Date:29/06/2007 URL:
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True proponent of Tamil Isai


M.M.Dhandapani Desigar was a good composer, an authority on the recital of devotional songs, a loveable human being and an outstanding musician.

M.M.Dhandapani Desigar.

The Hindu reported on June 29, 1973, that M.M.Dhandapani Desigar had passed away the previous evening at his residence in T. Nagar, Madras. He was survived by his actress wife Devasena and a number of loving disciples. It was the end o f a long life that had been dedicated almost in its entirety to the propagation of Tamil Isai.

Born in 1908 at Tiruchengathangudi in Thanjavur district, said The Hindu, Mr. Dhandapani Desigar learnt Thevaram, Tiruvachagam and Tiruppugazh from his father. Desigar hailed from a family that boasted of a strong Oduvar lineage wit h father Muthiah Desigar and grandfather Murugiah Desigar being well known exponents. The method of learning was however unusual, for, Muthiah Desigar would keep his son on his chest and gently lull him to sleep by singing the traditional hymns.

Later, as The Hindu recorded, he learnt music formally from nagaswara vidwan Sadayappa Pillai. He also learnt Tamil hymns from his uncle Manikka Desigar. His first concert was at a fairly young age at the temple town of Tirumarugal.

He learnt Isai from Kumbakonam Sri Rajamanikkam Pillai for about five years, said The Hindu. This happened when Desigar was 13 and his father passed away while on a concert tour of Singapore. The resultant financial difficulties mad e him seek refuge in his sister’s house in Kumbakonam and there he began learning music from Pillai. A warm friendship was to spring up between guru and sishya, so much so that when they were both given the title of ‘Isai Perarignar’ by the Tamil Isai Sangam in 1957, the guru did not in any way feel slighted and both cheerfully accepted the honour. Earlier, in 1948, when Rajamanikkam Pillai received Sangita Kalanidhi from the Music Academy, Desigar held a felicitation function for him in Madras which many musicians attended.

Desigar obtained a job in Madurai in a Thevara Patasala when he was 18 and once, during the Chitrai Festival, sang during the procession. His captivating and ringing voice, as Prof. Sambamurthy wrote on the June 29 in The Hindu, br ought him to the notice of famed nagaswaram artiste Madurai Ponnusami Pillai and from then his career took off.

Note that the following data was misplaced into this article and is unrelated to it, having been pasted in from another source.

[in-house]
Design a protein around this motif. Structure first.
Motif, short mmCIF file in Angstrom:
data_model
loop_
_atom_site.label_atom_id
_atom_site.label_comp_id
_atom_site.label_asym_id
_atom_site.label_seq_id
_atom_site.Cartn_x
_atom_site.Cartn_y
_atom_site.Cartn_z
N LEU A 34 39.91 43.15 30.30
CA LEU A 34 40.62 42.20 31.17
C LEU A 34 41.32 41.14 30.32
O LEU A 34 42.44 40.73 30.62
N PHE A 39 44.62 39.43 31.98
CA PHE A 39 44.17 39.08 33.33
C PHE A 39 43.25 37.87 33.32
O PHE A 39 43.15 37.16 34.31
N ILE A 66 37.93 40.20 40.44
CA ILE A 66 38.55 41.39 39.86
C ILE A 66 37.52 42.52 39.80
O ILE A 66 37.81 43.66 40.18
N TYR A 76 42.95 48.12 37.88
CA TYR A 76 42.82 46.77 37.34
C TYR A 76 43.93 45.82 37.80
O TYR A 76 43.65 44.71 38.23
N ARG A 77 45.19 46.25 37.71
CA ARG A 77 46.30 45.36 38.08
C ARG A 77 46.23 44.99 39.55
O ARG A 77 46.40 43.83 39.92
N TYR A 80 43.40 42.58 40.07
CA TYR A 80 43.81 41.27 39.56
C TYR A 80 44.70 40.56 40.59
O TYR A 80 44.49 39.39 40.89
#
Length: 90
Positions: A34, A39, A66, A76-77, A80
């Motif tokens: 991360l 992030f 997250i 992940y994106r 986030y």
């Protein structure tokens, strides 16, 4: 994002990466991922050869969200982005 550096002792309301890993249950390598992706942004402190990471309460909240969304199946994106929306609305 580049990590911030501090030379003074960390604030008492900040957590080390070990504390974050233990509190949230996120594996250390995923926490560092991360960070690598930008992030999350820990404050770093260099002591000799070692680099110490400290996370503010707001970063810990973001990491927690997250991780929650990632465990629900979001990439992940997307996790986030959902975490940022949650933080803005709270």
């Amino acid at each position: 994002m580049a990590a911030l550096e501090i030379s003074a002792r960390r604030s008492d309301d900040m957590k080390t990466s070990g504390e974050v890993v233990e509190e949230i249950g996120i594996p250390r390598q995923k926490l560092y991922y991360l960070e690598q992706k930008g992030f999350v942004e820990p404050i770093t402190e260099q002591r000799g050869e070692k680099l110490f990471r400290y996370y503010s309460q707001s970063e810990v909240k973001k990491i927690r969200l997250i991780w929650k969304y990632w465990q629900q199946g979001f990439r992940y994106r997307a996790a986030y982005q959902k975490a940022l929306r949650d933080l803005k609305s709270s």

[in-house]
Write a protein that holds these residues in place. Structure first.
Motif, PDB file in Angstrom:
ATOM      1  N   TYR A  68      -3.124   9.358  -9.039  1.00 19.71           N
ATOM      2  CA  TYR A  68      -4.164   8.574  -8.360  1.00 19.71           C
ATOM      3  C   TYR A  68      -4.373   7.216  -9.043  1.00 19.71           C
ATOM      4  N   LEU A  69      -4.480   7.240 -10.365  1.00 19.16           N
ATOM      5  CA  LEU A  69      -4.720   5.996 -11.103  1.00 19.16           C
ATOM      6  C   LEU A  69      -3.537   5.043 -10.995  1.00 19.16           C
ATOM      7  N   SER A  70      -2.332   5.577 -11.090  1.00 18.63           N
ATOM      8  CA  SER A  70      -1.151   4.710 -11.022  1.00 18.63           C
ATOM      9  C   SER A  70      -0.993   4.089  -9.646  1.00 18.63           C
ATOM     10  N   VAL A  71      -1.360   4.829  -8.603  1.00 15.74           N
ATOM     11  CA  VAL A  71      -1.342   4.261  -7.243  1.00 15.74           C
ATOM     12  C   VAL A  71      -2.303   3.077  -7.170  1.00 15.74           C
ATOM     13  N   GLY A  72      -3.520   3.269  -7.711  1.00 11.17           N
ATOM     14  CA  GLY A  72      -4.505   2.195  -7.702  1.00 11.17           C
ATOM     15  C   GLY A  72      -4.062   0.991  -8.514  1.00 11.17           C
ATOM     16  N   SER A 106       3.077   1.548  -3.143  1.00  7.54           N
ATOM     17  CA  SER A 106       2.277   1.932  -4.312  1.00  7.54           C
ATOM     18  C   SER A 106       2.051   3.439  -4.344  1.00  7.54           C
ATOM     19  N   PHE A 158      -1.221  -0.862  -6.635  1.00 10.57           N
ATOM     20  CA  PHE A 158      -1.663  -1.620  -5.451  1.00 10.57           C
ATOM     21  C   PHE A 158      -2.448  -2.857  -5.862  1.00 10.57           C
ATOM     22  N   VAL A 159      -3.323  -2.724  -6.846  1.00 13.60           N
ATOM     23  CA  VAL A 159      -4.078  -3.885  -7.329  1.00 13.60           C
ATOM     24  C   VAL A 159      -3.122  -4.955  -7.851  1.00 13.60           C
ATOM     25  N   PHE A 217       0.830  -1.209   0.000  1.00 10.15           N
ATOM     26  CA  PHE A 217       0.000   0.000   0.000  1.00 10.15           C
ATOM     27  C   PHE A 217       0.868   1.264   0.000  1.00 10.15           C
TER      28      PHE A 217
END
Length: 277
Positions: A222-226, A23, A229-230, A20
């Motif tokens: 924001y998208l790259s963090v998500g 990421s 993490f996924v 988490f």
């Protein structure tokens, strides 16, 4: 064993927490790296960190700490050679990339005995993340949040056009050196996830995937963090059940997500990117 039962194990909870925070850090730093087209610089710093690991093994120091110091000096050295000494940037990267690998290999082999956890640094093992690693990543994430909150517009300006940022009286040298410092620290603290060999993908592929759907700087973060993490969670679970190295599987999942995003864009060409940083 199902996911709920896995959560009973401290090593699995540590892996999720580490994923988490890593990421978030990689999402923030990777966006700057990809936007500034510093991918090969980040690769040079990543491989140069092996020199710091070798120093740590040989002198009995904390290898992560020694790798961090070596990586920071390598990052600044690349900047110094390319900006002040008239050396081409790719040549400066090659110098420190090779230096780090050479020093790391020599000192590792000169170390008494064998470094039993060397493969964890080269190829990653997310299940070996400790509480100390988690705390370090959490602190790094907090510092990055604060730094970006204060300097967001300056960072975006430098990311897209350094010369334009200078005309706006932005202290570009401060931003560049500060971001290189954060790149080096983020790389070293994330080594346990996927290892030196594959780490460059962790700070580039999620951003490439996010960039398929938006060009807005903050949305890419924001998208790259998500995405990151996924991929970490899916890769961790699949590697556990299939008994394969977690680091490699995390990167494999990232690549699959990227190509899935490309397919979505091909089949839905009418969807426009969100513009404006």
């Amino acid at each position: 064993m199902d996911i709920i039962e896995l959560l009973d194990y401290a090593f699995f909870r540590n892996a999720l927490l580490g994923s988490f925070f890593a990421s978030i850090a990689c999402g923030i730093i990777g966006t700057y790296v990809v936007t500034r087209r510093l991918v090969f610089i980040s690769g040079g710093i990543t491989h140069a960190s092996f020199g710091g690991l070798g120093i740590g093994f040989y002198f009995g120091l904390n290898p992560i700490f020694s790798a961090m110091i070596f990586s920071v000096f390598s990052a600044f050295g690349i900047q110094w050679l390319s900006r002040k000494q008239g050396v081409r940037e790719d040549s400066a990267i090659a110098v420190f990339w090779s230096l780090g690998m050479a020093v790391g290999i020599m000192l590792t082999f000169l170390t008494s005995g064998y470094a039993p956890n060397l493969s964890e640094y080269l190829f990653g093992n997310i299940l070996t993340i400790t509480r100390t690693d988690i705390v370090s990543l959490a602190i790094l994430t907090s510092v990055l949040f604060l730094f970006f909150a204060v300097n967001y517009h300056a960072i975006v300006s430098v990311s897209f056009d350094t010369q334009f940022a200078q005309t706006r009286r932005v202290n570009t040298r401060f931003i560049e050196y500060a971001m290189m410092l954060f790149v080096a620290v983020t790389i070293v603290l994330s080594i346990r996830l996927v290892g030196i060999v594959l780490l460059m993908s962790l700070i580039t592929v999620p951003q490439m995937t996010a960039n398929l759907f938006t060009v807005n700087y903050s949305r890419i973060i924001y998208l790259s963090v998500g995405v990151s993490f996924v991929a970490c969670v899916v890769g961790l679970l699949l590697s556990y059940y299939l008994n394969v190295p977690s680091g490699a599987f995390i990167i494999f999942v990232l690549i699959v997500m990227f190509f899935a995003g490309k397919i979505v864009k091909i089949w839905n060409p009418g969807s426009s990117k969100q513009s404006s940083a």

Desigar acted in Tamil pictures, wrote The Hindu. His singing roles were the outstanding feature of these films. The first opportunity came in the 1936 film, ‘Pattinathar.’ This was followed by ‘Vallala Maharaja 217; in 1937.

Greatest hit of his career

Given his penchant for Tamil hymns, he was cast in and as ‘Thayumanavar’ (1938), ‘Manikkavachakar’ (1939) and ‘Nandanar’ (1942). The last, made by S.S.Vasan, was the greatest hit of Desigar’s film career and credit for this was shared by him with Papanasam Sivan for his wonderful music. Desigar also acted in a film with a Vaishnavite theme, ‘Tirumazhisai Azhwar’ (1948), besides singing playback in ‘Mudhal Thedhi’ (1955) and ‘Tirumanam’ (1958). His tune for the song ‘Tunbam Nergayil’ in the film ‘Ore Iravu’ (1951) is a work of genius.

In the 1940s, Desigar, to quote The Hindu, became one of the pioneers of Tamil Isai (Tamil Music) movement and composed songs in Tamil. Such was his love for Tamil that he did not think it unusual to sing songs in that language in T iruvaiyaru during the Tyagaraja aradhana of 1946. The conservative element, however, did not like it and after he finished, organised for a purification rite at the Samadhi!

Many honours

Desigar received many honours in his life and as The Hindu noted, he was Samasthana Vidwan of Ettayapuram, Isai Pulavar of Dharmapuram Adheenam and chief music vidwan of Tiruvavaduthurai Adheenam. In 1955, he became head of the Depa rtment of Music, Annamalai University, and there were felicitations in connection with this. The Hindu of May 3, 1955, reported a function at the Woodlands Hotel, Mylapore, presided over by Justice Somasundaram. On June 11, there was another report, this time of a function at the Dasaprakash Hotel, which had veteran violinist Parur Sundaram Iyer and Kivalur Meenakshisundaram Pillai speaking in praise of Desigar.

After a successful tenure of 15 years at the Annamalai University, Desigar left rather suddenly in 1970 and returned to Madras for a life of domestic bliss with his beloved Devasena. He remained associated with the Carnatic Music College (now the Isai Kalluri) and also with the Tamil Nadu Sangeetha Natak Sangam (now the Eyal Isai Nataka Manram) till his death.

On his death, Justice P.R.Gokulakrishnan, then president of the Tamil Nadu Sangeetha Natak Sangam, spoke of Desigar as one of the finest musicians, a good composer of religious type of music and an authority on the recital of devotional songs. It was a true pen portrait of a loveable human being who was also an outstanding musician.

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